Since I began writing for Seeking Alpha about retirement and retirement portfolios, I have always defined myself as a dividend seeking investor, with a little spice.
The "spice" that has been referred to are mainly those higher yielding stocks that add punch to a portfolio's overall yield. While I absolutely support this approach, along with a solid core portfolio of dividend winner stocks, a prudent investor should never hold on to those high flying dividend "opportunity" stocks for too long. Especially when an investor is retired or ready to retire.
Throughout the last few years of puny interest rates on fixed income investments, investors have flocked to many of the ultra high dividend stocks for income. Holding them too long can absolutely wreck your overall portfolio.
The Team Alpha Retirement Portfolio Has Had Plenty Of Dividend Opportunity Stocks
From the very beginning of our portfolio journey, the Team Alpha Portfolio has held high yielding dividend stocks for various periods of time. Currently, the portfolio consists of Ford (F), Chevron (CVX), Apple (AAPL), McDonald's (MCD), Exxon Mobil (XOM), Johnson & Johnson (JNJ), AT&T (T), General Electric (GE), BlackRock Kelso Capital (BKCC), Procter & Gamble (PG), CSX Corp. (CSX), Realty Income (O), Coca-Cola (KO), Cisco (CSCO), Newmont Mining (NEM), Wells Fargo (WFC) and Intel (INTC).
As you can see, the only dividend opportunity stock that we now hold is BKCC. It is a business development company, which usually does well during better economic periods. While we have remained flat as far as the share price, we have enjoyed over a 10% yield.
Our allocation is a bit too high, but I feel sticking with a recognized BDC, although not the top performer of the group, is still prudent. Any deterioration in the economy from current levels, or dividend cuts by BKCC along with share price deterioration, and we will dump the stock without looking back.
That being said, our portfolio also has held 3 particularly well known high-yield dividend opportunity stocks that we were fortunate enough to move in and out of before any serious damage was done to our portfolio.
If you own them, I would sell them, if you do NOT own them, forget their yields, and head for greener pastures.
The Basic Issues With AGNC, NLY, And LNCO
My attempt at keeping my opinions simple, direct and without confusion will probably cause some annoyed investors. So be it. The amazing part of Seeking Alpha is our community of readers who comment and also add useful insight to virtually every article written here. It is what makes us the best investment site on the internet.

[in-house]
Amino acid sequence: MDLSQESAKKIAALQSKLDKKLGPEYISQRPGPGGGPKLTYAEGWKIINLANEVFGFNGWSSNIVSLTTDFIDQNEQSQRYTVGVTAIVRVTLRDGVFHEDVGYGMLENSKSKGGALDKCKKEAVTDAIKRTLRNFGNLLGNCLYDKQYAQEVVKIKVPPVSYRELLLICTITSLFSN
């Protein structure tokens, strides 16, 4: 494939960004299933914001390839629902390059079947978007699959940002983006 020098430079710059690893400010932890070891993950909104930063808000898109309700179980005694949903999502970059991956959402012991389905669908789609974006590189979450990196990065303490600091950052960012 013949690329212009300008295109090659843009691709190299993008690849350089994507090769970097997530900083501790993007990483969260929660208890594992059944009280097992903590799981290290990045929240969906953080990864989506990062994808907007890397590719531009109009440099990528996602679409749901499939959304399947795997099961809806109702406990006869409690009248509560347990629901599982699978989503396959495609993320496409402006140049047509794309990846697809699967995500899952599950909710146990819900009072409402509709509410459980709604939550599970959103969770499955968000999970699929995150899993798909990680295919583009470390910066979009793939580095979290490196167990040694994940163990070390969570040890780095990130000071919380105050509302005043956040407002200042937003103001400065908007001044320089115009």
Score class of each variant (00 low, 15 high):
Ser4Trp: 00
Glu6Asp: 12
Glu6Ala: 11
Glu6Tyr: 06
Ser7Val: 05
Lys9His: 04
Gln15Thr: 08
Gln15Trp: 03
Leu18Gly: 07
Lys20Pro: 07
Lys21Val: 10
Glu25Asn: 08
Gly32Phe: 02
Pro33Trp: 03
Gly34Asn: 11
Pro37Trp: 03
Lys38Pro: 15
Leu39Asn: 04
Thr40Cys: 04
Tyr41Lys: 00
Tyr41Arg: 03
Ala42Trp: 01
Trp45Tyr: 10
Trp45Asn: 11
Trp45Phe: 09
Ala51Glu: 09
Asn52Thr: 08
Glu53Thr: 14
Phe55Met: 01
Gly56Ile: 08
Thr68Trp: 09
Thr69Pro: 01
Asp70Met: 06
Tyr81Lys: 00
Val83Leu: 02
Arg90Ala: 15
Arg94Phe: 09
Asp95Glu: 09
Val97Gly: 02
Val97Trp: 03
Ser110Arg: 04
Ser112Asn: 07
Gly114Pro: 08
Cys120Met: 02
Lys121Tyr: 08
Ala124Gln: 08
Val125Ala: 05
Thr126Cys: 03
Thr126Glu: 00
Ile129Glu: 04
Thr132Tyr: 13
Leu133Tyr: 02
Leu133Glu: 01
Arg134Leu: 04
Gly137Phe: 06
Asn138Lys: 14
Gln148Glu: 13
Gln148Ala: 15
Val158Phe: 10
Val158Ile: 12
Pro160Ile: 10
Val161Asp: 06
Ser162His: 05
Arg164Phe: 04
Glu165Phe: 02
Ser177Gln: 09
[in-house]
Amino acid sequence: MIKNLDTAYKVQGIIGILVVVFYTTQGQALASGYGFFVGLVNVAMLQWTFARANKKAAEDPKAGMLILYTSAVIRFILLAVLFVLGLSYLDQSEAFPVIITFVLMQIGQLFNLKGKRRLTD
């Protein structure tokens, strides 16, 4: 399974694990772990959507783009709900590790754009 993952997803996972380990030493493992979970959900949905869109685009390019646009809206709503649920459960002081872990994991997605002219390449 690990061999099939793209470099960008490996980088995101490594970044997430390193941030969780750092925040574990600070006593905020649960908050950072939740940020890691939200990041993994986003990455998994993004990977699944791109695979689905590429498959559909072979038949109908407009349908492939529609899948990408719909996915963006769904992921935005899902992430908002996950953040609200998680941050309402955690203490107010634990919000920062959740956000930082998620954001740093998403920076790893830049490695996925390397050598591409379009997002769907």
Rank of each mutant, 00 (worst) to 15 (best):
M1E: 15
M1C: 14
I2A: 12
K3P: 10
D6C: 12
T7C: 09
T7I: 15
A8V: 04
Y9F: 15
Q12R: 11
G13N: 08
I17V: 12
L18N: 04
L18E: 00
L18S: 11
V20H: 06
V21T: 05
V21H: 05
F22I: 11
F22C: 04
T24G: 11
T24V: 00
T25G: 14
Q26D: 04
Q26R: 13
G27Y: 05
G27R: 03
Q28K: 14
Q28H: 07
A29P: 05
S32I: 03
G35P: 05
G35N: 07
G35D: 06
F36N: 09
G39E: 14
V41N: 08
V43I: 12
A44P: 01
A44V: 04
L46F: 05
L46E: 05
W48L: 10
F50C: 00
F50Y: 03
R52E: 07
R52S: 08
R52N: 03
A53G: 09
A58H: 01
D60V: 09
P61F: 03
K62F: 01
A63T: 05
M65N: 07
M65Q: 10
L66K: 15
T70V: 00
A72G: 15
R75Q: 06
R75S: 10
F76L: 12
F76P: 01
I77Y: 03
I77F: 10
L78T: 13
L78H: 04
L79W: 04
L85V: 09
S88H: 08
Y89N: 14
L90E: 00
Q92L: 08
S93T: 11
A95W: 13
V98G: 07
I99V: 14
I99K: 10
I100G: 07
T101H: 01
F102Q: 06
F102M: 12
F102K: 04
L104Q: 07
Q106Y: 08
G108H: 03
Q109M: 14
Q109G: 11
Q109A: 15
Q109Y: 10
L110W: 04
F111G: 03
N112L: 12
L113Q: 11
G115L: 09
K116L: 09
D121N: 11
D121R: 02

Here are my basic problems with the stocks:
- AGNC and NLY are mREITs and I defy anyone to tell me what the Fed will do next. Yesterday we had a non-taper event, which surprised almost everyone who has followed the Fed over the last 5 years. The overhang of what comes next is an unknown entity, and while these stocks rallied yesterday, they gave it all back today.
- NLY has cut its dividend, so has AGNC. LNCO has changed it to monthly payments. The ensuing sell off in the share price of each stock does not come close to making a positive return over the last 2 years that the portfolio has been launched.
- LNCO has had accounting issues, SEC issues and a slew of class action lawsuits to recover any monies lost by investors during all of the turmoil surrounding the company. As detailed with amazing accuracy in this must read article, by perhaps the brightest contributor on any website, James A. Kostohryz, any investor must think long and hard as to why it is worth owning shares of LNCO, with all of the headwinds this, and its parent company, Linn Energy (LINE) has faced, is facing, and will be facing. It simply is not worth the headaches and confusion.
If You Had Invested And Held These Stocks Continuously, You would Be Losing Plenty Of Money
All it takes is a rather quick look at the chart that shows reality:
- In January of 2012 (a year after we launched Team Alpha) NLY stood at about $17.00/share and has paid $1.85/share in dividends (plus the announced new dividend of $.35/share) for a total LOSS of nearly 20% in total return, and falling.
- In January of 2012, AGNC stood at about $30.00/share and has paid roughly $5.00/share in dividends for a LOSS of about 12% in total return and falling.
- In November of 2012, LNCO sold for about $40.00/share as a new issue, and has paid roughly $1.25/share in dividends, for a LOSS of nearly 25% in total return, and the future is uncertain at best.
Each of these stocks offered our portfolio a high yield when the yield and the dividend could be relied upon, along with a stable share price. I feel that is NOT the case any longer for these stocks.
Of course QE could go on forever, and LNCO could win every lawsuit, and all three of these stocks could come out smelling like a rose, but as a retired investor seeking reliability, I am no longer willing to take these risks.